Now then, about those PG/VG ratios! The easiest way to pick out the PG/VG ratio in a given eJuice is to simply give the bottle a shake. If the liquid moves around readily and acts somewhat like water, it is likely to be high in PG. If the liquid is thick like syrup, it's likely high in VG. The most common PG/VG ratio found in eJuice is 70/30 VG/PG. In a 70/30 mix, approximately 70% of the contents are VG based, and 30% of the contents are PG based. The added flavorings and nicotine are available both in a PG and a VG suspension, making it relatively easy to hit these exact marks. This mix is common because it's thin enough to wick easily into most wicking materials, but still thick enough to provide a smooth vape. VG, if used by itself, turns into a thick, smooth cloud of vapor that can barely be felt when inhaled. PG on the other hand provides a significant kick to the throat (like a traditional cigarette), and produces thin vapor that dissipates quickly. EJuice that is mixed with a simple 100% ratio of either chemical wouldn't work for most vapers, as pure VG can have a tough time wicking and pure PG can be too much to handle. The solution found was to mix the two, but vaper's preferences vary greatly, resulting in the wide variety of ratios found today.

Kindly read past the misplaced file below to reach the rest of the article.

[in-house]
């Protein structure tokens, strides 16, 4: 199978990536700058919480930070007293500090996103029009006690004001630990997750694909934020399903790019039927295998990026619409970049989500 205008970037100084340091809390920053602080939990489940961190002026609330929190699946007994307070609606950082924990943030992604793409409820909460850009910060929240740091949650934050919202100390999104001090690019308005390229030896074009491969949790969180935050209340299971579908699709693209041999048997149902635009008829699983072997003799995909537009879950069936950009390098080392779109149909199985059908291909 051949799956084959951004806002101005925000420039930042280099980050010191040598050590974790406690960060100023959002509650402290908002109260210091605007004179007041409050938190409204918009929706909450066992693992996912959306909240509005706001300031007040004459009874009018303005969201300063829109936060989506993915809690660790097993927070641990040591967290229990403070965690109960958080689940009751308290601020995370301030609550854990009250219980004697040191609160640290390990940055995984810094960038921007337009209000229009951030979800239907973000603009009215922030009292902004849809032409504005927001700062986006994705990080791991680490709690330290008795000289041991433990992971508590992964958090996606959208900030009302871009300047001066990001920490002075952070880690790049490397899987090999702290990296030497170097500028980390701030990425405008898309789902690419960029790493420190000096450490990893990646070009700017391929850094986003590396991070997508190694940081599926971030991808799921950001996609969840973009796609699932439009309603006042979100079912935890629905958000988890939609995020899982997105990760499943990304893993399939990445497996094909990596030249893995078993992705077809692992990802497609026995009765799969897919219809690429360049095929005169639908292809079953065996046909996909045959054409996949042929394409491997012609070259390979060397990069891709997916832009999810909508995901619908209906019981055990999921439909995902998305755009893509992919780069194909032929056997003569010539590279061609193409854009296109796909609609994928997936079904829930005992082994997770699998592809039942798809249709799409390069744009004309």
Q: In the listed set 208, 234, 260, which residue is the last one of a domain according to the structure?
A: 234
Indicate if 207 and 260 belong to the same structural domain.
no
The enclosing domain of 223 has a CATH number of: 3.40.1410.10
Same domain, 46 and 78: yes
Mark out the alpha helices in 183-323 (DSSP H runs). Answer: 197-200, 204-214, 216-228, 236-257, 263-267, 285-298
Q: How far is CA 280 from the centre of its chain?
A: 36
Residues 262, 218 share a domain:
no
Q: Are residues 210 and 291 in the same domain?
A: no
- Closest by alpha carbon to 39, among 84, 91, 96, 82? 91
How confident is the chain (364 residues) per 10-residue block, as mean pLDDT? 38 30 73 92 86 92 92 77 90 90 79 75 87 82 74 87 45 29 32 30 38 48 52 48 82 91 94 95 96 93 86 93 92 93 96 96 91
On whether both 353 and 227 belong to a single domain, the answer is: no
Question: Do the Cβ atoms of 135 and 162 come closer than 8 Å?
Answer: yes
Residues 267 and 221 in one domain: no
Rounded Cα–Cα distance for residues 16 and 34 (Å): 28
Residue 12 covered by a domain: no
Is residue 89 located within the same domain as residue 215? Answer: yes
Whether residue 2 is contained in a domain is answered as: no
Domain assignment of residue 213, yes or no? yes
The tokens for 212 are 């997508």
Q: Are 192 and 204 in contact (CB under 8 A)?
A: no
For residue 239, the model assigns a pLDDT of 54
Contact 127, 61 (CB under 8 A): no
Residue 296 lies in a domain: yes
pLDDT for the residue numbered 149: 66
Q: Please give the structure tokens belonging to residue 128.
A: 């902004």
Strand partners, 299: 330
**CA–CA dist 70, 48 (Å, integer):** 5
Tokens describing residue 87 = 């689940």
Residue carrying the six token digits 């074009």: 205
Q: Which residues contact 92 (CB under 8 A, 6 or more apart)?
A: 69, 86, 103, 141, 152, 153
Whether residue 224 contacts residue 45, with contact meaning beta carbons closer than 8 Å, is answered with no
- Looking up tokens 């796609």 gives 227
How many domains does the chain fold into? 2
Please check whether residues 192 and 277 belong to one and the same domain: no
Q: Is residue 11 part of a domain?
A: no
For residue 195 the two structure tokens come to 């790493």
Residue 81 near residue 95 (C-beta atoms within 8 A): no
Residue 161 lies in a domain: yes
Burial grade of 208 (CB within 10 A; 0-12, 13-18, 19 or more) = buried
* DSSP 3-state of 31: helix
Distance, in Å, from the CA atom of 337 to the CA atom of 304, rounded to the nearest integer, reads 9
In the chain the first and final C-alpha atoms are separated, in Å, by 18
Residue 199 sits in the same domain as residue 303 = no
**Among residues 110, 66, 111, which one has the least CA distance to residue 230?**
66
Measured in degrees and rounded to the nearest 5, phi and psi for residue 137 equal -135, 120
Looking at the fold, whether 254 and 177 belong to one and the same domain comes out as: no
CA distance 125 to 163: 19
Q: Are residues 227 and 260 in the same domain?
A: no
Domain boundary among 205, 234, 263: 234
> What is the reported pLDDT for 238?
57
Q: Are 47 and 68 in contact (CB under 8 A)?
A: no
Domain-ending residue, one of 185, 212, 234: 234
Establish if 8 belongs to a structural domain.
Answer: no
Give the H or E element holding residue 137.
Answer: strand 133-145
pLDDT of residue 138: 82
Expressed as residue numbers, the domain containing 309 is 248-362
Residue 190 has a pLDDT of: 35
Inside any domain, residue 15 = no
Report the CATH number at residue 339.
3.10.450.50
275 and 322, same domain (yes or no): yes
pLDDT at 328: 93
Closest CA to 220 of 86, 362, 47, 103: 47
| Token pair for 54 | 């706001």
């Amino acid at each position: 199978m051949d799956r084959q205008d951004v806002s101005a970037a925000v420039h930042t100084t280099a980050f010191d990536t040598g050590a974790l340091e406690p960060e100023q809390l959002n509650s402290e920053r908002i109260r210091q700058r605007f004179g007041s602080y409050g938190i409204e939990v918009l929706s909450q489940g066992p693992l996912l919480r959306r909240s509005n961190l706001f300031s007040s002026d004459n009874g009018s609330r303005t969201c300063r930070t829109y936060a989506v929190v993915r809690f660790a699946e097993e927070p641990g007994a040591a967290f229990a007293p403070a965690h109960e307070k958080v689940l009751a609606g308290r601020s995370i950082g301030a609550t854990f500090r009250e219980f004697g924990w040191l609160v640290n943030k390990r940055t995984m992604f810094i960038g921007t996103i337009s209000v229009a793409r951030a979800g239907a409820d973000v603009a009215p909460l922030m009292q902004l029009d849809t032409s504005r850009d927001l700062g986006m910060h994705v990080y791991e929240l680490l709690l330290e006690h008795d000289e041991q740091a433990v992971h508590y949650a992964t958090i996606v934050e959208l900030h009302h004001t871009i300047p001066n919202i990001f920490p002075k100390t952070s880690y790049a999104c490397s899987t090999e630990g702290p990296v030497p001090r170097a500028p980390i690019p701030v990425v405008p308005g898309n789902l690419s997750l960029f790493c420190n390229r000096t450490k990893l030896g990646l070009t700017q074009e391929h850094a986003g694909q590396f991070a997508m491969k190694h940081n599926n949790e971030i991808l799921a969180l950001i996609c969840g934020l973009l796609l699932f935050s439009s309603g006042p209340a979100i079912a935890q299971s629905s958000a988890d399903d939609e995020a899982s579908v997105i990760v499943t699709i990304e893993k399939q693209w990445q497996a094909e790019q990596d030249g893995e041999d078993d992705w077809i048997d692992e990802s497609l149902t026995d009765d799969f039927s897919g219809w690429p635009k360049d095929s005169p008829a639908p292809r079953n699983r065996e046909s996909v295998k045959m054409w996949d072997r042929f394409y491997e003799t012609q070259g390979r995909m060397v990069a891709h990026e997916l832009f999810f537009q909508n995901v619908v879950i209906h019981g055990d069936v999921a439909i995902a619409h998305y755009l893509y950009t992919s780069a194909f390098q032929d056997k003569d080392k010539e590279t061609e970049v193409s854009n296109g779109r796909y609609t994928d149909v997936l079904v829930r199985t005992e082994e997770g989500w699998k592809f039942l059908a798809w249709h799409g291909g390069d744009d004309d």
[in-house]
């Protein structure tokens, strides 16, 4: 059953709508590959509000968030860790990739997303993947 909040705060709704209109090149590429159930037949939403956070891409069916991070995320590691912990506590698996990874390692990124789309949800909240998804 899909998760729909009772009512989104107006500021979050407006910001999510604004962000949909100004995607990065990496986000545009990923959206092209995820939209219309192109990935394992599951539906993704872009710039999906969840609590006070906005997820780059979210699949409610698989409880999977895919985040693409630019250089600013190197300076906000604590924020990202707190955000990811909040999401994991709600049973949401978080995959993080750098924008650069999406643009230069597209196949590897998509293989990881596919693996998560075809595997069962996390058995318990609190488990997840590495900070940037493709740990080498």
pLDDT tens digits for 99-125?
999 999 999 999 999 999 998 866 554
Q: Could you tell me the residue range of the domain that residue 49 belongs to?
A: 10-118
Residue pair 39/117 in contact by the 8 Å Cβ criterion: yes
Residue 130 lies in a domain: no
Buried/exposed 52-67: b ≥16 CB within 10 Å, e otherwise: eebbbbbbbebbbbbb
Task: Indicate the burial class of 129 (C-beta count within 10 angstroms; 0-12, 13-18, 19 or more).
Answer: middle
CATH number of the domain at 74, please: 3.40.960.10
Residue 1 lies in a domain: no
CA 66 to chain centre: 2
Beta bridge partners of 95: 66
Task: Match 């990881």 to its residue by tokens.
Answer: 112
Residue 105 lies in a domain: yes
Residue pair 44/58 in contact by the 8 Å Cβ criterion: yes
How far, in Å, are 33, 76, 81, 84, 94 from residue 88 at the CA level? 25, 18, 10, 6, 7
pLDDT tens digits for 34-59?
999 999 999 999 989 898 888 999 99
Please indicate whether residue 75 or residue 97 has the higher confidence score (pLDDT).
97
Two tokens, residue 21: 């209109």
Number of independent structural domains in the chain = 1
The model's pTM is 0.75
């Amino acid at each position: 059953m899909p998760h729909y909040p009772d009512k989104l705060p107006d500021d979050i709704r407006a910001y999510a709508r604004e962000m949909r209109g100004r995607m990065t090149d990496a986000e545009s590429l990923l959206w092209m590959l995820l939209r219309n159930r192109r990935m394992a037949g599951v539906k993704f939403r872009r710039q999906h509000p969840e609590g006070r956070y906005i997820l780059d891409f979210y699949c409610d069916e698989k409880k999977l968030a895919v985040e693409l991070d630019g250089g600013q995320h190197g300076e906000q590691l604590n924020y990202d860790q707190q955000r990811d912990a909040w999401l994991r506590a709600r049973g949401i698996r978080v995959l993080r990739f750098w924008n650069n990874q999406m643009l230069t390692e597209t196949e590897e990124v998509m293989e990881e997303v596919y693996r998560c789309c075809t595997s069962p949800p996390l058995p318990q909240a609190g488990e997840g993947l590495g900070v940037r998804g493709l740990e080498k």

In the past, higher PG eJuice was more common due to a variety of factors. First, 'first-gen' vaping hardware was mainly designed to replicate a traditional cigarette as closely as possible. High PG mixes when vaporized and inhaled can feel very similar to smoking. Second, this older hardware didn't wick as well or as quickly as modern hardware, which would result in dry hits if used with a mix high in VG. Third, early eJuice manufacturers simply did not commonly produce high VG product. PG-free eJuice has been available since the beginning of vaping, but was seen as a niche product for people who suffer from PG sensitivity. Even today, if a smoker was presented with a vaping setup filled with high VG eJuice, they may feel as though something is missing, and may not be satisfied with the smooth, thick vapor produced. However, many vapers today prefer a smooth vape, and high VG eJuice does the job very well.